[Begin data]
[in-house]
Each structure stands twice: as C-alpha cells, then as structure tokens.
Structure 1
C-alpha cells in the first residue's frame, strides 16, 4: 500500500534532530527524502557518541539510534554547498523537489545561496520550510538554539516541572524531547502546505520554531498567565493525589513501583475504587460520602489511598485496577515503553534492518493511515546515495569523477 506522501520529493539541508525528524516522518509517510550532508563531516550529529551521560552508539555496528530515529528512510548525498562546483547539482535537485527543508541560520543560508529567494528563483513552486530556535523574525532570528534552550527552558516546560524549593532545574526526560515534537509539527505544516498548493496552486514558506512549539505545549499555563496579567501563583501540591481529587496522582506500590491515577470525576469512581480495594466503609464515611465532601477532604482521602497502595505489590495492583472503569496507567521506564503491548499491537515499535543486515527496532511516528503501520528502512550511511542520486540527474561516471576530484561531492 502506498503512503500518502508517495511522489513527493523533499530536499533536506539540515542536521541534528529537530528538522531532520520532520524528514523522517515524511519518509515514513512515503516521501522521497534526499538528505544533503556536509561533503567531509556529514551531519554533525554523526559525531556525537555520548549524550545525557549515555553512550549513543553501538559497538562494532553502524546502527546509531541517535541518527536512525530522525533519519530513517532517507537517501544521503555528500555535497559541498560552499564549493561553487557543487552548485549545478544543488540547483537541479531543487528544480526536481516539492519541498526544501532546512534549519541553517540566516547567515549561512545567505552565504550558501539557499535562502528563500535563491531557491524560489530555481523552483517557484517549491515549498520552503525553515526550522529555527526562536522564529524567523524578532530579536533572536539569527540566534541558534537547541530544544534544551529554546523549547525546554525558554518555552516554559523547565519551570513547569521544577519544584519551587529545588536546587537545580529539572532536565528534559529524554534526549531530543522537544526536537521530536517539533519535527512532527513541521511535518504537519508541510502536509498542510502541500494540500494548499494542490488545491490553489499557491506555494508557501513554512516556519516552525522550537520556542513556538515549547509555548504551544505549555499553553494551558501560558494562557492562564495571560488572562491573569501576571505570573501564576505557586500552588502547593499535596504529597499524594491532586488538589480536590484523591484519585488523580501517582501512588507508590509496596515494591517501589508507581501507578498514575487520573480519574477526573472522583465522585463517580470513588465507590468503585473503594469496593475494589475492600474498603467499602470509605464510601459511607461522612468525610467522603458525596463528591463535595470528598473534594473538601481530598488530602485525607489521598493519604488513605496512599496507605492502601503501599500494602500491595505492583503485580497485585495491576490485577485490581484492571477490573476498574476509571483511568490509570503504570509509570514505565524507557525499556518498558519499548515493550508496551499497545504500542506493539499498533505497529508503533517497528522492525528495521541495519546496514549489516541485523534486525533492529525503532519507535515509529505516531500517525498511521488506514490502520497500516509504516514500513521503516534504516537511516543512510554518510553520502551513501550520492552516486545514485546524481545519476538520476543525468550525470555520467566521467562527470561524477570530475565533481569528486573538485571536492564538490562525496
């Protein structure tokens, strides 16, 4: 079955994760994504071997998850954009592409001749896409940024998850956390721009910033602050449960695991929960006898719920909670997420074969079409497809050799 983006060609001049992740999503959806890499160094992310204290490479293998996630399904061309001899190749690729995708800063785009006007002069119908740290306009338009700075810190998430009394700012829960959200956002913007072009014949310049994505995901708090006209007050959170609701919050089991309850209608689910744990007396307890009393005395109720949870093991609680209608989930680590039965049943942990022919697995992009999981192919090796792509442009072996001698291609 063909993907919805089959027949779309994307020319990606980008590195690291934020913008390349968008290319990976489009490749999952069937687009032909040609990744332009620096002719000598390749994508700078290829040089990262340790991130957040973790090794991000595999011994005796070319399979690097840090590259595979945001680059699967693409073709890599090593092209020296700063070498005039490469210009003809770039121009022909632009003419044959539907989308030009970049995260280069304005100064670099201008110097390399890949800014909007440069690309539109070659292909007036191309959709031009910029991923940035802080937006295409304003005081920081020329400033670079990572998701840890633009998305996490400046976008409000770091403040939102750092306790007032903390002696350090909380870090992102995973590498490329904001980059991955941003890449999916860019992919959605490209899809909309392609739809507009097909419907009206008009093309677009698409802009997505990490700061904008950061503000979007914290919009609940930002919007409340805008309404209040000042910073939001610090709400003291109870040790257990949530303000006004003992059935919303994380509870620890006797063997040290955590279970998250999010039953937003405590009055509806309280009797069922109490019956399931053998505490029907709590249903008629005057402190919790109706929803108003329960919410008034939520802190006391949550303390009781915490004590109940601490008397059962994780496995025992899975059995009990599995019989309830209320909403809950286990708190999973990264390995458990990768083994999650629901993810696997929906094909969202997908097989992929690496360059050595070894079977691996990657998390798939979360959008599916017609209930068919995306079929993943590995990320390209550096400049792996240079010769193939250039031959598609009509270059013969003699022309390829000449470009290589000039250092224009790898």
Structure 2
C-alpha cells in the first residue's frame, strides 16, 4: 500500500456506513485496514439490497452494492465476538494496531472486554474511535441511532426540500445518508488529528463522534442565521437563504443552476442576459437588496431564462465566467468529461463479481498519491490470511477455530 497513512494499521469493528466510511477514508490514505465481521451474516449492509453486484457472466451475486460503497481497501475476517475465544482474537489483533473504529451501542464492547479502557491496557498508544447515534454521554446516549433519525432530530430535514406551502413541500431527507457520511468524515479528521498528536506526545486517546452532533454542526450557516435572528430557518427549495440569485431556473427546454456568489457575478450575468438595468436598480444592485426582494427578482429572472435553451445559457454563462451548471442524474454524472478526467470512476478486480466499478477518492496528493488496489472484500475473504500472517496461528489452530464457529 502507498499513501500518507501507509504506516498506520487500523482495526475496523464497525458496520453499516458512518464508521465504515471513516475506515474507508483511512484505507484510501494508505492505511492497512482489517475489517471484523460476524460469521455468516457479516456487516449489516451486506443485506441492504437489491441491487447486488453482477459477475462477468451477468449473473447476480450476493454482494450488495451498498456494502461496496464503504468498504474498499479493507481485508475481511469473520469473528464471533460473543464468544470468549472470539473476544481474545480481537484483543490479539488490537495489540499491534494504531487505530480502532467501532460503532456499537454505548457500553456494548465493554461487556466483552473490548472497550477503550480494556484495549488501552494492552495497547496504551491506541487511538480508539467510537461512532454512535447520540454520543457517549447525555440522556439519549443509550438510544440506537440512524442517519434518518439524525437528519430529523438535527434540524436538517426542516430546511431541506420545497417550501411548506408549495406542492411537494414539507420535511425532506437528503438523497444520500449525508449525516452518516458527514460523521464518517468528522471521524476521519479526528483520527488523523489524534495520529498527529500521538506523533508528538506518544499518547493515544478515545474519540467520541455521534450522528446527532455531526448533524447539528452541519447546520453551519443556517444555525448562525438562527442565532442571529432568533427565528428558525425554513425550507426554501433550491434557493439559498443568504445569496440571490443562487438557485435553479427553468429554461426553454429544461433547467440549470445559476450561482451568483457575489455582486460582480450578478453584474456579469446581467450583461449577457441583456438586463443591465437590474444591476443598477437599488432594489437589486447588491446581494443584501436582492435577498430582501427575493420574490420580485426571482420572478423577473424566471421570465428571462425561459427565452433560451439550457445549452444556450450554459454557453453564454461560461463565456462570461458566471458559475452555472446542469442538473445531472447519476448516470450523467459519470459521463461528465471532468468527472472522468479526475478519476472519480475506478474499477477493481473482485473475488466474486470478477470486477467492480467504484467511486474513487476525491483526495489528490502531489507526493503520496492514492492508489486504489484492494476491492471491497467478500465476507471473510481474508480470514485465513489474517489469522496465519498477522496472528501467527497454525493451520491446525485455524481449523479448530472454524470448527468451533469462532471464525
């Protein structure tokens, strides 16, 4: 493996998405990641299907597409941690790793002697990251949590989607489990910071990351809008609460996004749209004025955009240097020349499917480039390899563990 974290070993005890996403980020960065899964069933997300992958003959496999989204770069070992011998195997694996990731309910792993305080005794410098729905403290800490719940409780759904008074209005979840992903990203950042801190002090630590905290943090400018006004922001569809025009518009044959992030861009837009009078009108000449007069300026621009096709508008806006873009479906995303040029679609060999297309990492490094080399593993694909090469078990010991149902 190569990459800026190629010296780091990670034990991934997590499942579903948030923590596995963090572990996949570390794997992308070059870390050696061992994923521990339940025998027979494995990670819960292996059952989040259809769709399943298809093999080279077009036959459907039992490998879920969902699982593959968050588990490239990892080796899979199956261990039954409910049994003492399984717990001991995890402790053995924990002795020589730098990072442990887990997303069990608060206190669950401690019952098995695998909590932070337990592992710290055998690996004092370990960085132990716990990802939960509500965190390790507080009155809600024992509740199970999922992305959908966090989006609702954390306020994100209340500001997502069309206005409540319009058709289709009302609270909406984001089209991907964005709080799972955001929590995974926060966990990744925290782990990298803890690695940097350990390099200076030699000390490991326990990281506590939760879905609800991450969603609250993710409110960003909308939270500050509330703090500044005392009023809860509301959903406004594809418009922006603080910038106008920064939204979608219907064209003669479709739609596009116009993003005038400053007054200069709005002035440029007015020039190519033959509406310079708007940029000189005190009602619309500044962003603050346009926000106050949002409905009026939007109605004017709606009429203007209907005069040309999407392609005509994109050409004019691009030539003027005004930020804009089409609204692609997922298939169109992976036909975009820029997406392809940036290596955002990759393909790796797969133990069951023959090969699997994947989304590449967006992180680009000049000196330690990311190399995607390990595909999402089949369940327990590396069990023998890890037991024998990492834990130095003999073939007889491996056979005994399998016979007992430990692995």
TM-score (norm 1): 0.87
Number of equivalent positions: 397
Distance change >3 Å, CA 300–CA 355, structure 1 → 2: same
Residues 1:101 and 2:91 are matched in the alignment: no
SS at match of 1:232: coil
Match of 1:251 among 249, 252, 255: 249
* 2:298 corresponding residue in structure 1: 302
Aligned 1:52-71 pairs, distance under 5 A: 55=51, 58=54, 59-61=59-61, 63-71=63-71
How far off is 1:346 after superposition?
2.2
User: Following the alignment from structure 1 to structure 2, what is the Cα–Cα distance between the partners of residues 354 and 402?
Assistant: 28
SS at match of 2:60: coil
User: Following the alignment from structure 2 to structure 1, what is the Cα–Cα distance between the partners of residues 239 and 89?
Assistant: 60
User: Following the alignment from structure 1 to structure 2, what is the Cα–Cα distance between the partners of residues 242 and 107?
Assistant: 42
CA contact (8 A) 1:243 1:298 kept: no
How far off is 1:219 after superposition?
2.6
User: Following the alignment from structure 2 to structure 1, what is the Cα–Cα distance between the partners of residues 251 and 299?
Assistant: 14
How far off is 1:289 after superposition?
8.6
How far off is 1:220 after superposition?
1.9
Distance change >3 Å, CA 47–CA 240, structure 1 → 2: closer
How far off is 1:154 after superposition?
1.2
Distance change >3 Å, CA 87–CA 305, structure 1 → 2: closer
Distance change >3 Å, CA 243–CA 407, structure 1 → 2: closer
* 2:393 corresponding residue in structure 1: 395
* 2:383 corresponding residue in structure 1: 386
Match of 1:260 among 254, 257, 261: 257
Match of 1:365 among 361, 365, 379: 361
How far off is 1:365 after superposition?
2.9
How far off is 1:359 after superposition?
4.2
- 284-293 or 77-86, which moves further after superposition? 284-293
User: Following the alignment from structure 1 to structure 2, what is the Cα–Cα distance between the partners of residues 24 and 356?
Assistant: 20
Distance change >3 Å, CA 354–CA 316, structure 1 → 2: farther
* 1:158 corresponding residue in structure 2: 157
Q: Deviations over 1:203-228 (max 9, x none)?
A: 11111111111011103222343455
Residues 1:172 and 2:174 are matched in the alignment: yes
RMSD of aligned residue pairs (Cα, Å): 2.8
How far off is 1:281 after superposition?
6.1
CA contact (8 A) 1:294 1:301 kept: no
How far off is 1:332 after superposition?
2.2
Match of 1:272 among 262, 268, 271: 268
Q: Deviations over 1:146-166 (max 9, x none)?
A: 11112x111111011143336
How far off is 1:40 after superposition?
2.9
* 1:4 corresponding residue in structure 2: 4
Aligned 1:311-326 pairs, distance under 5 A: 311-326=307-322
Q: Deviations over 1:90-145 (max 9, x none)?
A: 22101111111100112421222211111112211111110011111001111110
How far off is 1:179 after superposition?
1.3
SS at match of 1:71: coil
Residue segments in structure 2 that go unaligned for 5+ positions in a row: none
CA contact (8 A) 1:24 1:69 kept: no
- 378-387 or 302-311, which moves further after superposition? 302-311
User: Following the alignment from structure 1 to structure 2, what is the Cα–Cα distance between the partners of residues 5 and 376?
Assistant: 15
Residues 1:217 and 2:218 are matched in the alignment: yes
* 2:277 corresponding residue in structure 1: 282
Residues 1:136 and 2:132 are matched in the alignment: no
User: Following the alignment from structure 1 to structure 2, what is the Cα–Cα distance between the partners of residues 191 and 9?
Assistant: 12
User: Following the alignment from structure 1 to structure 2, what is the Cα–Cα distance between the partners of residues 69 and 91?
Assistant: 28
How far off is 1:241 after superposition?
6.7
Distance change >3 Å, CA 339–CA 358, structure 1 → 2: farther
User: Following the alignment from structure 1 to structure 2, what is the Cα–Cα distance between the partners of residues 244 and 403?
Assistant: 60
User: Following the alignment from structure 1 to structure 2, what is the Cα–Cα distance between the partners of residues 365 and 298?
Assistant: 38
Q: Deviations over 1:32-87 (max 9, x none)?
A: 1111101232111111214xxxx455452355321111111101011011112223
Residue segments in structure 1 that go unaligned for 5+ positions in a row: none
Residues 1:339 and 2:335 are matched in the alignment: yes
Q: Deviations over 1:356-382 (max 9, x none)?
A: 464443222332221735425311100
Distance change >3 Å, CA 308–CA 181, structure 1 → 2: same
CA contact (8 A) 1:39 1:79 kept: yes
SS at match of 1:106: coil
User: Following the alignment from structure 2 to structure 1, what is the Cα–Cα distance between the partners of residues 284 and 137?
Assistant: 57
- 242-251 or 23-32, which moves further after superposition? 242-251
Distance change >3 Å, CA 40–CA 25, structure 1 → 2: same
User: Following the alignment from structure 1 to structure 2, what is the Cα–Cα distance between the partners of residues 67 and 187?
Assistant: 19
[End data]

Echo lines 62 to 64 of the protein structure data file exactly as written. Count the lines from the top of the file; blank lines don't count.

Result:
Match of 1:272 among 262, 268, 271: 268
Q: Deviations over 1:146-166 (max 9, x none)?
A: 11112x111111011143336